Unilever’s project Shakti was born in December 2000 in a district called Nalgonda in Southern India state of Andhra Pradesh. The idea was to extend Hindustan Lever’s reach into the untapped and highly inaccessible markets of rural India. The focus was on the full range of Unilever products such as Detergents, Personal Care Products, Beverages and Foods. In addition, a social objective was to provide sustainable livelihood opportunities for underprivileged rural women. In many Indian languages Shakti means strength or empowerment.[iii]


Over 70% of India’s 1 billion population live in rural villages where per capita income is 44% of that in urban India. Hindustan Lever think that this will reach urban levels in 10 years. [iv]Shakti faced three major challenges. First, whilst the aggregate rural potential in India is massive the target market is scattered over a vast area and the per capita consumption levels are low. Second, the 637,000 villages and townships are not connected to urban centre by air or rail and road connectivity is very poor. And third, the products needed to be affordable. This latter meant not just the price point itself but even the unit size itself. This is an issue that CavinCare of Chennai tackled with their sachet size products which Unilever copied fast.


Project Shakti built momentum with a number of innovations centred on building the network and brand awareness. For example, Shakti Vani. Vani is Hindi for “voice” and  the idea was to appoint, train and position local women as experts on matters relating to personal and community health and hygiene. Working to an organised journey plan the Vani would cover a group of villages, organising school visits and village get togethers and use other social means to get the message across. By February 2005, 500 Vanis covered 20,000 villages and their pay was between $60 to $150 per month. By 2008 this had grown to 44,000 rural women reaching around 3 million homes daily in 500,000 villages. The plan is to move to 600 million consumers through 10,000 entrepreneurs by 2010.


The salary of the Shakti team has a tremendous impact on the capacity to consume of the districts where they operate. This is part of the root of what Kishore Biyani of the Future Group has identified as key to sustainable development – consumption.[v] And this is where organised retail and FMCG companies can make significant contributions within the informal economy, to the connectivity with the formal market and, to innovation within the formal economy itself.


iShakti, the portal was set up to strengthen project Shakti through extending the benefits of information technology to rural India. A computer was set up in the home of a Shakti entrepreneur and this is to be available to the community as a means of empowerment. This initiative has the potential of bringing the internet to villages that had never seen a computer or even a television. This part of the project has far to go.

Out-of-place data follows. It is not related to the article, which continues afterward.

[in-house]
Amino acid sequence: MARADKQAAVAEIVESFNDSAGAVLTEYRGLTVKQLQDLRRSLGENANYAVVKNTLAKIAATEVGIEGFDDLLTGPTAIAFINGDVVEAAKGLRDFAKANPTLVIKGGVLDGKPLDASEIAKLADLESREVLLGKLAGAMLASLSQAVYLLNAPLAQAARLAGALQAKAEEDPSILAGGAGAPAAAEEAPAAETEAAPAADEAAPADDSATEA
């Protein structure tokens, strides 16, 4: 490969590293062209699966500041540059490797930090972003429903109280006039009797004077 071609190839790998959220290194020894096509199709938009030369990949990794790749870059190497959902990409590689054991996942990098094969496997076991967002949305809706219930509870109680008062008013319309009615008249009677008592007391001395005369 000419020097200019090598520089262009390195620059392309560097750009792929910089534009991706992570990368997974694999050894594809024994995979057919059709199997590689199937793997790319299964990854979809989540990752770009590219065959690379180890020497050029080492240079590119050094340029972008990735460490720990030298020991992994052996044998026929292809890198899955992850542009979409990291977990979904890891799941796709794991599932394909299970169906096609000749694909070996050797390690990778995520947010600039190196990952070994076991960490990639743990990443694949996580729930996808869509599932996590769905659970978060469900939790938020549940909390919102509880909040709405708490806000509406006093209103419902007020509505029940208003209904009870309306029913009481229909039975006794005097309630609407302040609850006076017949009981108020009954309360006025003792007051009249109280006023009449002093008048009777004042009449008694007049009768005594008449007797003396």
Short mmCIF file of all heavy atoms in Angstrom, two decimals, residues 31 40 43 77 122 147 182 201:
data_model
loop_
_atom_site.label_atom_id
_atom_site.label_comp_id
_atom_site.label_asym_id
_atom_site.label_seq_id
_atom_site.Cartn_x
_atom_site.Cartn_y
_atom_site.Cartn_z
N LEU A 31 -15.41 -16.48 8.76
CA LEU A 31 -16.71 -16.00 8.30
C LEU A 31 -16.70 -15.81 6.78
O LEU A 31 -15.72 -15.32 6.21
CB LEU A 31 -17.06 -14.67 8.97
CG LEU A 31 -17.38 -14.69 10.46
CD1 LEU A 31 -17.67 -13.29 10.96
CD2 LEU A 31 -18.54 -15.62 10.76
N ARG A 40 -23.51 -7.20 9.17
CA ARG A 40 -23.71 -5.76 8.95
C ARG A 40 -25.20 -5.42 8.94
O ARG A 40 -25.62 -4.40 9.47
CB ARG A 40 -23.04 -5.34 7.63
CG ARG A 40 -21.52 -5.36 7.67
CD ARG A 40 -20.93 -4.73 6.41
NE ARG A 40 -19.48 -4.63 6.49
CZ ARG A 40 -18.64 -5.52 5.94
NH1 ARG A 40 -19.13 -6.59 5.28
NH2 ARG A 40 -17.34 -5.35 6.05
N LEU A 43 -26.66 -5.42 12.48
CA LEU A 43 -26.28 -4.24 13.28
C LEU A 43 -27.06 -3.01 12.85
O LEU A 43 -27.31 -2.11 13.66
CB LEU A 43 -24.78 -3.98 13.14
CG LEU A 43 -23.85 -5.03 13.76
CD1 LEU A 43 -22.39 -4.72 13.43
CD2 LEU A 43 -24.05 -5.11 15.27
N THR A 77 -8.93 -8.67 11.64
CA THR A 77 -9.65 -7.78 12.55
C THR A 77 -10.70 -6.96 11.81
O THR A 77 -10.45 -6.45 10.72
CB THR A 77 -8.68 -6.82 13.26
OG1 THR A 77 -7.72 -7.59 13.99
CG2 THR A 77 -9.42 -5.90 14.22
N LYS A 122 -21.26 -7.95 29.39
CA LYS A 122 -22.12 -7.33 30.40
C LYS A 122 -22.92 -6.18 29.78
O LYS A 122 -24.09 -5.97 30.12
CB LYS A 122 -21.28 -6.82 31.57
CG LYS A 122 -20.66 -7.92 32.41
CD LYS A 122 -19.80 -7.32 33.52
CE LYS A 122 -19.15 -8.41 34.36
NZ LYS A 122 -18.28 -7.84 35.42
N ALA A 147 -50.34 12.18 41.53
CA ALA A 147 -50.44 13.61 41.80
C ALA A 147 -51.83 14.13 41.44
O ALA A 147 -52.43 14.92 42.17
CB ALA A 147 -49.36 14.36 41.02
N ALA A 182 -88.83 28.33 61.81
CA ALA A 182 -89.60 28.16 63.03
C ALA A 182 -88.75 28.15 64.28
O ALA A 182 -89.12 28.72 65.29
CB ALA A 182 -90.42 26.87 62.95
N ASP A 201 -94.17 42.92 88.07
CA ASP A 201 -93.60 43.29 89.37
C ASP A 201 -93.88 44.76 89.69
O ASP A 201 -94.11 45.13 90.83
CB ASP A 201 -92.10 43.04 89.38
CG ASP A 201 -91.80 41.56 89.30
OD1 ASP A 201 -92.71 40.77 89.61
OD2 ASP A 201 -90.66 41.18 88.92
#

Investment in project Shakti was significant reaching 15% of sales by 2004. And the cost of iShakti added another 3 to 5% of sales. However, the project broke even by 2004. In terms of understanding the informal market and how to reach it and engage with it there have been many learnings.


India may well be the worlds biggest democracy but it is far from being homogenous. In fact, diversity is its greatest strength but also its greatest challenge. Project Shakti, and any project tackling the informal markets of the world has to understand the territory. Five of India’s States were enthusiastic supporters of Shakti but others were even hostile. Closely linked to the prosperity of the State was the level of infrastructure and that impacted accessibility and viability of the project. Cultural issues varied in strength. For example, the status of women in rural society differed across states. In some places the idea of a woman venturing out of her home to sell products in other homes was anathema. And the language issue cannot be underestimated in a country with 27 official languages. Project Shakti operated in 12 languages and then dialects made even this level of communication difficult. Above all, the challenge of building up the self confidence and motivation of these underprivileged women as they came to terms with their Shakti status cannot be underestimated.


Project Shakti operated in media dark areas where television advertising could never reach. It moved the marketplace frontline away from local outlets who would champion other products into the homes of families in the remotest of areas. And the overall objective is to generate 15% of revenues through reaching 250 million additional consumers in the informal rural market through 100,000 Shakti entrepreneurs by 2010.   


[i] Economist Study on Global Retail (2006)

[ii] Business India (May 2008)

[iii] V.Kasturi Rangan & Rohithari Rangan, HarvardBusinessSchool Business Case, Unilever in India – Project Shakti (June 2007)

[iv] Outlook Magazine, India (March 2008). Section on Agri Stocks.

[v] Kishore Biyani, It happened in India (2007)

[vi] Forethought Section, Harvard Business Review, South Asia. (April 2008)

[vii] Inca Cola: The curious Peruvian Cola or the story of the little cola that could. (September 2006)